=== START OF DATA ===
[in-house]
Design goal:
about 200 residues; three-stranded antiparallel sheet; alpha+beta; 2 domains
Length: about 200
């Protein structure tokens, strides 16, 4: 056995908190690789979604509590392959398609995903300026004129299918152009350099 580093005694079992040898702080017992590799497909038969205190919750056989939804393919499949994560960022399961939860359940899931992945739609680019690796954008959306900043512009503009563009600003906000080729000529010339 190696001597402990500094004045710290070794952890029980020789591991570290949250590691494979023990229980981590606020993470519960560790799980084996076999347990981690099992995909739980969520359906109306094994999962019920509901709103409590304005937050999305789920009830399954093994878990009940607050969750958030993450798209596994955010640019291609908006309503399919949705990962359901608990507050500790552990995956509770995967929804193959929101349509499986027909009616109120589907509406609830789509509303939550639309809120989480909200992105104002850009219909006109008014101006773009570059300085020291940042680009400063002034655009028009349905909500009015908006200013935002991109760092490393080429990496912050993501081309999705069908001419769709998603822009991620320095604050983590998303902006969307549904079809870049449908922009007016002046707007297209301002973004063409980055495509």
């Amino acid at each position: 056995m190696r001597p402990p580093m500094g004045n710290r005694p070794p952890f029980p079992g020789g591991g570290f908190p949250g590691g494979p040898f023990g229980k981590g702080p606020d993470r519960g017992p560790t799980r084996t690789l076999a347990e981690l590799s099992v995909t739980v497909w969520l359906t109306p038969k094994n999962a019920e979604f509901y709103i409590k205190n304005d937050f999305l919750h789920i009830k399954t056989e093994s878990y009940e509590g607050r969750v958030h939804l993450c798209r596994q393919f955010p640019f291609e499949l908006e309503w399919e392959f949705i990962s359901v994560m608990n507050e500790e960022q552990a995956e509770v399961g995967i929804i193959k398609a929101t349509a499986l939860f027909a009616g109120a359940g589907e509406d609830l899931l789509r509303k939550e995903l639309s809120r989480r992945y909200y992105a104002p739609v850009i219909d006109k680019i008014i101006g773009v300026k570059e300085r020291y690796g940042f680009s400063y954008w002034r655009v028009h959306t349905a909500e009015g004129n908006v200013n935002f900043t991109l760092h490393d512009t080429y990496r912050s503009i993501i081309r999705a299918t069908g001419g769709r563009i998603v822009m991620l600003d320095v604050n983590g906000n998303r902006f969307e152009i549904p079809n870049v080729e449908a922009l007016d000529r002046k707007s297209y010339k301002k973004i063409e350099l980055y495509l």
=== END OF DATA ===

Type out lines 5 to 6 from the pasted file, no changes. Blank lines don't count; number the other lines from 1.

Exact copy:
């Protein structure tokens, strides 16, 4: 056995908190690789979604509590392959398609995903300026004129299918152009350099 580093005694079992040898702080017992590799497909038969205190919750056989939804393919499949994560960022399961939860359940899931992945739609680019690796954008959306900043512009503009563009600003906000080729000529010339 190696001597402990500094004045710290070794952890029980020789591991570290949250590691494979023990229980981590606020993470519960560790799980084996076999347990981690099992995909739980969520359906109306094994999962019920509901709103409590304005937050999305789920009830399954093994878990009940607050969750958030993450798209596994955010640019291609908006309503399919949705990962359901608990507050500790552990995956509770995967929804193959929101349509499986027909009616109120589907509406609830789509509303939550639309809120989480909200992105104002850009219909006109008014101006773009570059300085020291940042680009400063002034655009028009349905909500009015908006200013935002991109760092490393080429990496912050993501081309999705069908001419769709998603822009991620320095604050983590998303902006969307549904079809870049449908922009007016002046707007297209301002973004063409980055495509």
């Amino acid at each position: 056995m190696r001597p402990p580093m500094g004045n710290r005694p070794p952890f029980p079992g020789g591991g570290f908190p949250g590691g494979p040898f023990g229980k981590g702080p606020d993470r519960g017992p560790t799980r084996t690789l076999a347990e981690l590799s099992v995909t739980v497909w969520l359906t109306p038969k094994n999962a019920e979604f509901y709103i409590k205190n304005d937050f999305l919750h789920i009830k399954t056989e093994s878990y009940e509590g607050r969750v958030h939804l993450c798209r596994q393919f955010p640019f291609e499949l908006e309503w399919e392959f949705i990962s359901v994560m608990n507050e500790e960022q552990a995956e509770v399961g995967i929804i193959k398609a929101t349509a499986l939860f027909a009616g109120a359940g589907e509406d609830l899931l789509r509303k939550e995903l639309s809120r989480r992945y909200y992105a104002p739609v850009i219909d006109k680019i008014i101006g773009v300026k570059e300085r020291y690796g940042f680009s400063y954008w002034r655009v028009h959306t349905a909500e009015g004129n908006v200013n935002f900043t991109l760092h490393d512009t080429y990496r912050s503009i993501i081309r999705a299918t069908g001419g769709r563009i998603v822009m991620l600003d320095v604050n983590g906000n998303r902006f969307e152009i549904p079809n870049v080729e449908a922009l007016d000529r002046k707007s297209y010339k301002k973004i063409e350099l980055y495509l």